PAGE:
The Truth About Keeping Secrets is a quiet, slow-paced contemporary novel following a girl who has lost her dad in a car accident – but was it really?
I’m seeing that this is being marketed as an f/f thriller, but while it does have a mystery element, I’d recommend it more to those who loved Nina LaCour’s We Are Okay than to fans of Far From You or People Like Us.
That’s because to me this book felt more like an exploration of grief than a thriller, at least for its first half. The second half did feel more like a thriller, but I also thought it was the weakest part of the book. While the first half was an atmospheric, vaguely creepy story about grief and associated unhealthy coping mechanisms that also talked about what it’s like to be the only girl who is out as a lesbian in your high school, the second half was about the main character trying to piece together a mystery whose resolution seemed – at least to me – obvious from the beginning. I guess I just like introspective character driven stories more?
And as a character-driven story, The Truth About Keeping Secrets is really good, since it succeeds where many other supposedly character-driven books fail: the main character’s voice was perfect. Sydney is a teenage girl who is grieving, who is dealing with her father’s death in an unhealthy way, and she’s sad and angry and using sarcasm as a coping mechanism, and she felt real in a way very few characters do. Even other people’s reaction to her felt very realistic (I have seen something very similar to the Dylan Thomas poem scene happen. Some teachers really are that insensitive). I loved reading about her, and when the focus shifted from grief to the actual mystery, I wasn’t as interested.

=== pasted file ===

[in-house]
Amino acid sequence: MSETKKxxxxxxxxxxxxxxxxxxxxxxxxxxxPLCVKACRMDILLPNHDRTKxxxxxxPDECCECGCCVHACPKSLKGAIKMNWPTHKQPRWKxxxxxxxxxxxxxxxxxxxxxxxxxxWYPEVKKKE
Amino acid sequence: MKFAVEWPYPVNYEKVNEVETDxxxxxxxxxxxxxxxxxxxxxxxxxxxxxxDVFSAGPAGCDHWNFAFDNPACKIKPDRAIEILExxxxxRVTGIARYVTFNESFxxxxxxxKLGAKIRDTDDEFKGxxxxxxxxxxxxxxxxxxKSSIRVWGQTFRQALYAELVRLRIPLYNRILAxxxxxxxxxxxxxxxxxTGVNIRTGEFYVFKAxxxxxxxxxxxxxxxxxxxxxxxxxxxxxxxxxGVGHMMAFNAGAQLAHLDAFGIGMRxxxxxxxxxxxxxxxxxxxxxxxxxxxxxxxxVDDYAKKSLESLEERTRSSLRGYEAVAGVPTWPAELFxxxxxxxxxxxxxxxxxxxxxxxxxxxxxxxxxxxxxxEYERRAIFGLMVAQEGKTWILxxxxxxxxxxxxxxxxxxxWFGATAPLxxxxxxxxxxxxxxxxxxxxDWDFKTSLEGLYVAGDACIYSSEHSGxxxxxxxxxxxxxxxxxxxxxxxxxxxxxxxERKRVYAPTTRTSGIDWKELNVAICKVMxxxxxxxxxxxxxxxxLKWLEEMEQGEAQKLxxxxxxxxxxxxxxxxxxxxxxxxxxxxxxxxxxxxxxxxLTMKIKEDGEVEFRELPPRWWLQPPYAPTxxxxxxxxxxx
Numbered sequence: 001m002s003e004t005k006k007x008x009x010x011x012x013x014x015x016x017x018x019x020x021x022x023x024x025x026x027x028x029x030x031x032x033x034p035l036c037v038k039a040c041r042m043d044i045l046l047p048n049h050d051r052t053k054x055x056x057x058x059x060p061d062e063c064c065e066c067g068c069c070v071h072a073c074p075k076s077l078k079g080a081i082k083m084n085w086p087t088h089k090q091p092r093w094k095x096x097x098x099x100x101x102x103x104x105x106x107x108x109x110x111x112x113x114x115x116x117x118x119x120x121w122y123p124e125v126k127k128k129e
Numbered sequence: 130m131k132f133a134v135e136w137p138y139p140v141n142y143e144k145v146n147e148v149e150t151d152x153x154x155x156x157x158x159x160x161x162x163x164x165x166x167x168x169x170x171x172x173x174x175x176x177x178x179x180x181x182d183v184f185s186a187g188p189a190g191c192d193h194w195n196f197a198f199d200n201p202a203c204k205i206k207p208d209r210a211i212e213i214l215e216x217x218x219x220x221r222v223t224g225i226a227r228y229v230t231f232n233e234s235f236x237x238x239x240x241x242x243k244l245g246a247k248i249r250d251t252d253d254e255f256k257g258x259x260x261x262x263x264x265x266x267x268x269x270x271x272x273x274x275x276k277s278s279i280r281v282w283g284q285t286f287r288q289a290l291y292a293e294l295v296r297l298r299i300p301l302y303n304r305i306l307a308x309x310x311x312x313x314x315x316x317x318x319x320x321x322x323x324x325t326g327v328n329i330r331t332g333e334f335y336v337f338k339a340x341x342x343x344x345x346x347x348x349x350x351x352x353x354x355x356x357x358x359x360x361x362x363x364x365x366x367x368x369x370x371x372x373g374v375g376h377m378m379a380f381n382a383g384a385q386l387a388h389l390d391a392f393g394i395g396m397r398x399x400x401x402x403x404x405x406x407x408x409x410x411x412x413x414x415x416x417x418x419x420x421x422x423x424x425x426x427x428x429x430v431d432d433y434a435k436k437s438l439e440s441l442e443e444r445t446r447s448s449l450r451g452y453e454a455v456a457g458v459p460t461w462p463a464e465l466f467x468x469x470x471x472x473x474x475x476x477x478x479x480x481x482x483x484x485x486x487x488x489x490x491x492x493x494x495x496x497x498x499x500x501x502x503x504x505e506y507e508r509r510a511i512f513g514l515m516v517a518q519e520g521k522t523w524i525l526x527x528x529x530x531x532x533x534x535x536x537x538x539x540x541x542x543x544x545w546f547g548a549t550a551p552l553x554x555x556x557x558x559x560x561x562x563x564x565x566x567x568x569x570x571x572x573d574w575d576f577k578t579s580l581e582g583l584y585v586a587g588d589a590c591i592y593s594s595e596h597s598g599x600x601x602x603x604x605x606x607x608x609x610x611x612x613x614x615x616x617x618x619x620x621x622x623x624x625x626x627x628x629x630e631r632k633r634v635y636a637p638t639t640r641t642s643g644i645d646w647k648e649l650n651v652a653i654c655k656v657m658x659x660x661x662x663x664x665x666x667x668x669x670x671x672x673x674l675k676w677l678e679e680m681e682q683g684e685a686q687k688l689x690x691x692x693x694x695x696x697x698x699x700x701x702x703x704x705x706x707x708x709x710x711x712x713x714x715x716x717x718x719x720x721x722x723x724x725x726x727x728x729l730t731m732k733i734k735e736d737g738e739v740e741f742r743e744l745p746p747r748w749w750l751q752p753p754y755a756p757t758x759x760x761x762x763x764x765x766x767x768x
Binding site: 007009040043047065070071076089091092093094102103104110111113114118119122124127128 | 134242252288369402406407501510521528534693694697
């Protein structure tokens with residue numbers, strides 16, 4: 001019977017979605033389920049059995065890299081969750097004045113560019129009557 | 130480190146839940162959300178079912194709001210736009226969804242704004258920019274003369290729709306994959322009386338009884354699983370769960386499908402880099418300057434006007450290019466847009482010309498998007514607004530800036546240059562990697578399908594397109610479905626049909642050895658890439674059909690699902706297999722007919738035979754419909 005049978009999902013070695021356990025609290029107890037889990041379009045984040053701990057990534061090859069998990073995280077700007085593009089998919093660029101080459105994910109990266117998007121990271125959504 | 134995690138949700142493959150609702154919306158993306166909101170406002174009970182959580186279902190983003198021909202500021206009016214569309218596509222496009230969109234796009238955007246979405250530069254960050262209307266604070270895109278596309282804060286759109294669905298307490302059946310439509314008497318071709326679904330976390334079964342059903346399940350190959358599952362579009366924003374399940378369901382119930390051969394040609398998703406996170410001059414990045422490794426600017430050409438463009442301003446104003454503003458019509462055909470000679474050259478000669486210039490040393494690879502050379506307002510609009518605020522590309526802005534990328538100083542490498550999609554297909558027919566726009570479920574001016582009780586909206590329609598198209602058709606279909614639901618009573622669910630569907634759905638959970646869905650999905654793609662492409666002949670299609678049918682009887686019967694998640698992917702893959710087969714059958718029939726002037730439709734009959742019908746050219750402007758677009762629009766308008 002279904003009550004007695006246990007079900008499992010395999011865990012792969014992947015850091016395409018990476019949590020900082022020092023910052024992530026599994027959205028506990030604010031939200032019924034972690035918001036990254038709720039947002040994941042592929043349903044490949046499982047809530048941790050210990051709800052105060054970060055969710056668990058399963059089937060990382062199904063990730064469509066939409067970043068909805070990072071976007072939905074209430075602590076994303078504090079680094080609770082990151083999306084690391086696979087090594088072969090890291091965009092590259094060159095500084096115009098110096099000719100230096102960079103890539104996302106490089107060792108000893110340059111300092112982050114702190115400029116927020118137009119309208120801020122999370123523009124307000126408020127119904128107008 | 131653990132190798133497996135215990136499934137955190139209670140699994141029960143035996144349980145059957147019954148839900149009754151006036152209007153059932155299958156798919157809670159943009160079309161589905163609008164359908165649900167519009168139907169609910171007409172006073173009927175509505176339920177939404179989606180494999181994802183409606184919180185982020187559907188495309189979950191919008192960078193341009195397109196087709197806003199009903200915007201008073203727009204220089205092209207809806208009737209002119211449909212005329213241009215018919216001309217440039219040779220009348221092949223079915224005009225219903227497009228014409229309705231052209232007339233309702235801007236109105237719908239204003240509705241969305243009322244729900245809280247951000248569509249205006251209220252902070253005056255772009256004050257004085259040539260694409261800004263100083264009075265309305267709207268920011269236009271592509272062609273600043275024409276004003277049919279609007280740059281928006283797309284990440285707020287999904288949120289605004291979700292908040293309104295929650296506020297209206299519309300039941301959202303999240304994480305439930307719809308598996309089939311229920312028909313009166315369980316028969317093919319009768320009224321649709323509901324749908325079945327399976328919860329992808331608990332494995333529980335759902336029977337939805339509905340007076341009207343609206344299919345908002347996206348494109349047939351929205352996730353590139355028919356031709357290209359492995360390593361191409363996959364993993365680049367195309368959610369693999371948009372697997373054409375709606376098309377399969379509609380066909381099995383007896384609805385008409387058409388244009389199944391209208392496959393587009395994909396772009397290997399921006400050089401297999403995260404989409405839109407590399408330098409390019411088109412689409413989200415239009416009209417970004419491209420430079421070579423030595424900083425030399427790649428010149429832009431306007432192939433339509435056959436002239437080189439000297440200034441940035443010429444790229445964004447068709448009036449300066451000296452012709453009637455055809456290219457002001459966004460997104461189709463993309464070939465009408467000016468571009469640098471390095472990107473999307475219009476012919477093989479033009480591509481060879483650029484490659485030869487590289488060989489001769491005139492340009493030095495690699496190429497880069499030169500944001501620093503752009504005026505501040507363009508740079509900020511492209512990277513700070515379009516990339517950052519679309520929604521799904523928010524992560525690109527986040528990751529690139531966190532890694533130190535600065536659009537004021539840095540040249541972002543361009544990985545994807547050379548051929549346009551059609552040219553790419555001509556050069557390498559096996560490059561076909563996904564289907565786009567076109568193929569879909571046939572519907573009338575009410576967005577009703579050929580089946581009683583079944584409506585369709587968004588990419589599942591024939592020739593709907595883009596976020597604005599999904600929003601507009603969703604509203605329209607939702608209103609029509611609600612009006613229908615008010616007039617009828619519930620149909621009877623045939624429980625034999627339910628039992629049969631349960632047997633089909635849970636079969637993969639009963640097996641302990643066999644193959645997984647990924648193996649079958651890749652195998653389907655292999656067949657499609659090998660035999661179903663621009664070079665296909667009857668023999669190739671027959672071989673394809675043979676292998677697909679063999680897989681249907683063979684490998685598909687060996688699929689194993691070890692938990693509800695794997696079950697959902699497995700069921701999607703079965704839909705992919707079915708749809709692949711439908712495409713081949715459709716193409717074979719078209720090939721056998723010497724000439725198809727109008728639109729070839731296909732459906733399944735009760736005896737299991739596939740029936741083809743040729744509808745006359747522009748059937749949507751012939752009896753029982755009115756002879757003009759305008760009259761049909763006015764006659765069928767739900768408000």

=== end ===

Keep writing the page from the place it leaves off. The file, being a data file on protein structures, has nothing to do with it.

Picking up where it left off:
This is also a story that talks about imperfect friendships, abusive relationships and that “liminal” space queer girls often find themselves in when they have a maybe-unrequited crush on a girl – the “does she like me or am I just misreading everything” space. The Truth About Keeping Secrets is an f/f book, and there’s a romance between Sydney and June, the seemingly “perfect” girl Sydney becomes close with after the death of her father – but for most of the book, Sydney doesn’t even know whether June likes her back. There’s a scene in which the two girls talk about liminal spaces and I was thinking that “liminal” is exactly how their relationship felt at the moment. I really liked how it developed after that.
Also, the writing was gorgeous. I can’t share any quotes because I read an ARC, but I highlighted a lot of things while reading this.
My rating: ★★★½
One more thing: you can find trigger warnings for this book here. As this book deals with some heavy themes, I recommend reading them before going into it.